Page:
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MARIO PFEIFER BIO
Mario Pfeifer's work explores representational structures and conventions in the medium of film, in locations ranging from Mumbai to California to the Western Sahara. Conceiving each project out of a specific cultural situation, he researches socio-political backgrounds and weaves further cross-cultural, art historical, filmic, and political references into a richly layered practice, ranging from film and video installations to photographs and text installations.
2016 Museum of Contemporary Art – GFZK, Leipzig
2016 ACUD, Berlin
2015 Fotomuseum Winterthur, Suisse
2015 KOW, Berlin
2015 Ludlow38, New York, USA
2015 Circa Projects, Newcastle, UK
2015 One Night Only, Oslo, Norway
2014 Museo Nacional de Bellas Artes, Concepción, Chile
2014 Museo Nacional de Bellas Artes, Santiago de Chile
2014 Galeria Macchina, Santiago de Chile
2013 KHOJ, New Delhi, India
2013 Project 88, Mumbai, India
2012 Circa Projects, Sunderland, UK
2011 Nassauischer Kunstverein, Wiesbaden
2011 KOW, Berlin
2010 Weserburg - Museum für Moderne Kunst, Bremen
Up and Coming: Why Artist Mario Pfeifer’s Method Might Just Change the World
New York-based hip hop trio the Flatbush ZOMBiES’ music video for “Blacktivist” has 2.5 million YouTube views. In it, a likeness of President Obama kneels in front of the ZOMBiES (who stand in front of a mash-up between the Confederate flag and that of ISIS) with a bag over his head, prepped for decapitation; Defense Distributed-designed guns are plucked out of 3D printers by potentially felonious hands; Robert Downey Jr. dons blackface in Tropic Thunder; and Eric Garner meets his death at the hands of the NYPD. “Blacktivist” is likely the most widely viewed piece of video art in history. That’s because while the music and lyrics are by the Flatbush ZOMBiES, the video is the work of German multidisciplinary artist Mario Pfeifer.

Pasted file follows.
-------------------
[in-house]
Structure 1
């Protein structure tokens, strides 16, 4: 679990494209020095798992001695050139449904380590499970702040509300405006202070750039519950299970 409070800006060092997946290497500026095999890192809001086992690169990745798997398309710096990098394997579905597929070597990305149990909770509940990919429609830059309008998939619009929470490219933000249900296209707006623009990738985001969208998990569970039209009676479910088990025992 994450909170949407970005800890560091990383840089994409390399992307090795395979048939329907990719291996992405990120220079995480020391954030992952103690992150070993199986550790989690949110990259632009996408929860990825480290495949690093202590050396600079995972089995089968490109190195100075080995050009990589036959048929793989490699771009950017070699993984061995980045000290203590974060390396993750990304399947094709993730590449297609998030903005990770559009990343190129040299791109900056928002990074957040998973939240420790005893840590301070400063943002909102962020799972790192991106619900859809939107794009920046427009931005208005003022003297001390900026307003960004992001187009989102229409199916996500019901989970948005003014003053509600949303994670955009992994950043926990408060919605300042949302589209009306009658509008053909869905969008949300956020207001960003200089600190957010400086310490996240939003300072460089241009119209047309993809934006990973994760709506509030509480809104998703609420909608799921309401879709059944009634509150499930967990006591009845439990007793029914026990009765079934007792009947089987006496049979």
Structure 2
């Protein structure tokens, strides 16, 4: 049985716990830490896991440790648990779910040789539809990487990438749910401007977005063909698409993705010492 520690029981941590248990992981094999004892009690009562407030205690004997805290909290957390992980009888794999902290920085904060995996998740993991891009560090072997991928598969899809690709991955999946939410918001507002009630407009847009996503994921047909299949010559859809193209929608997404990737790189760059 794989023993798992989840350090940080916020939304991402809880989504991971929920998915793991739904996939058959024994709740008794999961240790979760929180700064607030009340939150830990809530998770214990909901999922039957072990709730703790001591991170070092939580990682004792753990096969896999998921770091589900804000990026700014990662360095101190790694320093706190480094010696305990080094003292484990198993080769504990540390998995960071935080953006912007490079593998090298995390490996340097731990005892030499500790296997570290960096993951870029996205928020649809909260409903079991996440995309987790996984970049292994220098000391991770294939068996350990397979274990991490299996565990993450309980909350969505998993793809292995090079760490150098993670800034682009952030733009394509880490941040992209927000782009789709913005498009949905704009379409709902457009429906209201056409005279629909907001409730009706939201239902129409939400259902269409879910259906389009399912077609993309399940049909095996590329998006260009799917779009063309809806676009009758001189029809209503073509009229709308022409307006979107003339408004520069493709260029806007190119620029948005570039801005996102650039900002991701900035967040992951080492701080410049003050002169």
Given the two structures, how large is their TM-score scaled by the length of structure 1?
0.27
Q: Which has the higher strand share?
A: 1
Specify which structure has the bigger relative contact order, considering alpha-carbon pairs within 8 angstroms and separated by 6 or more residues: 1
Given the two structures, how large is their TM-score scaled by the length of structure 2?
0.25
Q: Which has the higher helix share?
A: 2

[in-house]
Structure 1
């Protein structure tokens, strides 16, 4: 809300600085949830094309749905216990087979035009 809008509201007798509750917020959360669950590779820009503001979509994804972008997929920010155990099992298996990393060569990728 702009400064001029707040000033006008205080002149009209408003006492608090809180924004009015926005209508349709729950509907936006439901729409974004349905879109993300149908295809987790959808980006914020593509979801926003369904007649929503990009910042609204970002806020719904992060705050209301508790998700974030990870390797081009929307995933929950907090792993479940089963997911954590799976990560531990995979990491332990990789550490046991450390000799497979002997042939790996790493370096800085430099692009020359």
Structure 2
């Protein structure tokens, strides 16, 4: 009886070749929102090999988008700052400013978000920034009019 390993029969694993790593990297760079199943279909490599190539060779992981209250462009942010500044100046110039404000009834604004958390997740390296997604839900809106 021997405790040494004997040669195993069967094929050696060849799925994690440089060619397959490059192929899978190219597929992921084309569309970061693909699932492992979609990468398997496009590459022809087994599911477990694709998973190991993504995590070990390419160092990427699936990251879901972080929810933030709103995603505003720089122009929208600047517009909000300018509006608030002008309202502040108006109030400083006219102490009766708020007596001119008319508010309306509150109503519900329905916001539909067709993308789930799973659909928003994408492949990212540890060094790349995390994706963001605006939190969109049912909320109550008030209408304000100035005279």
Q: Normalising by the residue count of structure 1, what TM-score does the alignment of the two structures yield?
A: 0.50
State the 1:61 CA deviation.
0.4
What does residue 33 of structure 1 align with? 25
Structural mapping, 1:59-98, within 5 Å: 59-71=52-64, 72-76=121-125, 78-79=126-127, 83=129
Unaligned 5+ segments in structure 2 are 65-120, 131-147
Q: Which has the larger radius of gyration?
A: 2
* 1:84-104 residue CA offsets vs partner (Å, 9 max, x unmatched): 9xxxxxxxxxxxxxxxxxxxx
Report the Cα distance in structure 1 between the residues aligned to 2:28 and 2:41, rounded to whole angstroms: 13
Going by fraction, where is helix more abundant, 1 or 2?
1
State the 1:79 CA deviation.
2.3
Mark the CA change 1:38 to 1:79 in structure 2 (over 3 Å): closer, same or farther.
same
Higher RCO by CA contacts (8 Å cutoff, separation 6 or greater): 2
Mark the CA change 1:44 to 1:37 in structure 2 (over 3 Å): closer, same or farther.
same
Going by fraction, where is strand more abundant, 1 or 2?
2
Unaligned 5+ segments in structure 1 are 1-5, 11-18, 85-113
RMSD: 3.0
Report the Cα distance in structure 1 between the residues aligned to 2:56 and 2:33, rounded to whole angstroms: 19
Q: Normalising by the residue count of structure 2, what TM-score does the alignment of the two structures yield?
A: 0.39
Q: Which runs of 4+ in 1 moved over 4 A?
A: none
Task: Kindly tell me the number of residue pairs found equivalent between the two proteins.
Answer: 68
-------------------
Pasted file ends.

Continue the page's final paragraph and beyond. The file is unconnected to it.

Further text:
The 34-year-old Pfeifer lives between New York and Berlin, when he’s not on various research trips and residencies that form the source material for the majority of his recent work. He collaborated with the ZOMBiES—Erick Arc Elliott, Meechy Darko, and Zombie Juice—over a period of six months on #blacktivist (2015), the title of the two-channel version of the video he created with producer Drew Arnold, in an edition of 10. The piece premiered last September at the Goethe-Institut’s New York space, Ludlow 38—and on YouTube. It has since cropped up at The Armory Show, is on view at this week’s Art Cologne, and will be show at Berlin’s ACUD this summer. It furthers his practice, which melds ethnographic research, a documentary aesthetic, internet mash-ups, and critical editing for pieces that serve up powerful truths about society without commenting directly on any of their subject matter.
“All of the projects that I’ve realized in the last seven years grew out of a cultural, geographic location. I need the location to be able to start working,” says Pfeifer, who is currently in Brazil working on his next film. “Blacktivist came out of my desire to work with rap musicians. And the most natural way to work with rap musicians is to produce music. Since I’m a video producer I can only produce visuals.”